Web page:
Hi: 8° Lo:2°
By Laura Maltby 16/08 Updated: 17/08 09:49
REPORTS controversially suggesting G4S are recruiting staff to carry out roles normally performed by police officers in Warwickshire
have been criticised by Labour's candidate for Warwickshire Police Commissioner.
G4S are advertising for civilian investigators to work in Leamington, Rugby and Nuneaton, in long-term contracts with 'no specified end date.'
Potential duties would include taking evidential statements from victims and witnesses, undertaking sensitive high profile case enquiries and having specialist knowledge on all aspects of crime investigation.
And James Plaskitt, Labour candidate for the commissioner role, said: “I think the discovery that G4S are recruiting staff to do what clearly sound like police jobs suggests we have lost too many officers in Warwickshire as a result of government-imposed cuts, and now the force is turning to G4S to plug the gaps.
“If we need people to work on ‘sensitive high profile cases’ I would rather have the reassurance that these are fully integrated police officers, not staff answerable to G4S."
A spokeswoman for Warwickshire Police confirmed they would be employing additional staff to meet operational needs.
She said: "The requirements of the work we are currently recruiting for requires specialist investigative skills, but does not require the full warranted powers of a police officer.
"Staff employed on a temporary basis are contracted to Warwickshire Police and will be vetted by the force in respect of their suitability and will be answerable to the force in respect of their work."
She explained the first quarter of this year (April - June) had seen a seven per cent reduction in crime and Warwickshire Police were recruiting more staff to continue their focus on criminals who commit acquisitive crimes such as house burglary, car crime and robbery.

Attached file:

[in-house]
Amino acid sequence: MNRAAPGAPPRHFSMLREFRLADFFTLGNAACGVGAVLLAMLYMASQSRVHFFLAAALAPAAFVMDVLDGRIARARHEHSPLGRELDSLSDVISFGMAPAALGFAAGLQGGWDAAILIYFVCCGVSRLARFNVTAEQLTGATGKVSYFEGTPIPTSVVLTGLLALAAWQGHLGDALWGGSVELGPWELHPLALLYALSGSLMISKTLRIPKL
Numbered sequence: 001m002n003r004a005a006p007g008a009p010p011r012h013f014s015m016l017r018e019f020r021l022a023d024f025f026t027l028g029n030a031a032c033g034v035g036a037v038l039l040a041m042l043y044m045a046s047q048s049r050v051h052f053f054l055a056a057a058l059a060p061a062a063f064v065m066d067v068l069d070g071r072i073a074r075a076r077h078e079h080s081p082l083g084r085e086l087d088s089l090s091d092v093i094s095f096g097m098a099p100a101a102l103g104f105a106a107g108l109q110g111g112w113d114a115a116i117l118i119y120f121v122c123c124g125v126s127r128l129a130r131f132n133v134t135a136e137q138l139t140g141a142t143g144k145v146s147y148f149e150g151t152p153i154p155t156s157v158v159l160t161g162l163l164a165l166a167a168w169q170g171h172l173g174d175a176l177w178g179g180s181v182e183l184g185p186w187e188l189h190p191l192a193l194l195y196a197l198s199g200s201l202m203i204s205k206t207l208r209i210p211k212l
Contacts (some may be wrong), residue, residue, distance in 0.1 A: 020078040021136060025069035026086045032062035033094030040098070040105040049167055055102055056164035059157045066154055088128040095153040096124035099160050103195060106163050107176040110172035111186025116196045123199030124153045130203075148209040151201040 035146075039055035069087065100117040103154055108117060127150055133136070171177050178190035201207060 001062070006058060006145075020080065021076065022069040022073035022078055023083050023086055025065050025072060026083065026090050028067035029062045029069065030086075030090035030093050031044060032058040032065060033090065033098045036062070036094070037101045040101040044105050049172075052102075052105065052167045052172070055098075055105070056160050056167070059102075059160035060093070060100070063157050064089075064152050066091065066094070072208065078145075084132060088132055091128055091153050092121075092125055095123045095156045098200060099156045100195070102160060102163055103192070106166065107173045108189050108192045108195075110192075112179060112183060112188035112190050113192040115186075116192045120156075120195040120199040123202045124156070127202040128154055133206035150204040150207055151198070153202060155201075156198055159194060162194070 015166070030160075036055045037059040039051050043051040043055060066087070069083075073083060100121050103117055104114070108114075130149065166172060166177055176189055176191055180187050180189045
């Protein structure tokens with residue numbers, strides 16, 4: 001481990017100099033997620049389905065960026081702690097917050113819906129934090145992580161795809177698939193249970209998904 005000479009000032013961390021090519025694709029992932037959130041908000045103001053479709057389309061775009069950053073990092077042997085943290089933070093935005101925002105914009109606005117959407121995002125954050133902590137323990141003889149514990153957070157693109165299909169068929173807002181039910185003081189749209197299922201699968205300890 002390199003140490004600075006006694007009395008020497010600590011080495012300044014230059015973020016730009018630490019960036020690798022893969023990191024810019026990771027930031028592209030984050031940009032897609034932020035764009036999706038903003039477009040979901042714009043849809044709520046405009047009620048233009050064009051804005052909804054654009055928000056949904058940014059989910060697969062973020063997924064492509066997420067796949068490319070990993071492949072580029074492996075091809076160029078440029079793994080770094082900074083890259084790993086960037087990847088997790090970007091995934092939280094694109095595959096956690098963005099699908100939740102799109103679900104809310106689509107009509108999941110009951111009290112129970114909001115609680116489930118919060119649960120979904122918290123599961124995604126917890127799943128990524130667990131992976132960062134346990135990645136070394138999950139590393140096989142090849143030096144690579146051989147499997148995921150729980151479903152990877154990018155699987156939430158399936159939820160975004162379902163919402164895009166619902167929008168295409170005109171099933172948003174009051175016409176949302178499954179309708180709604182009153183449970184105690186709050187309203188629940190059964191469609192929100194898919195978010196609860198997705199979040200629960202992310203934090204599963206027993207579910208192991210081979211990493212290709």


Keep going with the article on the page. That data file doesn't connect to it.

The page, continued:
Tory candidate for Warwickshire Police Commissioner, Fraser Pithie, responded positively to the reports.
He said: “I am pleased that Warwickshire is focusing on cutting crime and using efficient and effective means to do so. It makes good sense that Warwickshire are seeking to recruit specialist investigators who do not need the full powers of a warranted police officer.
"If, by using a flexible approach and temporarily employing investigative staff, Warwickshire Police can reduce crime even further than the seven per cent reduction so far this year then they have my support and I am sure that of the vast majority of people in Warwickshire.”
TRIBUTES have been paid to locally born Red
WARWICK Castle played host to children from Chernobyl.
A MUSIC producer from Leamington is hoping for
A RETROSPECTIVE exhibition is being staged in tribute
A MAN from Stratford who raped a prostitute twice as ...
POLICE are trying to trace a man who may be ...
TWO men from Coventry have been arrested on suspicion of ...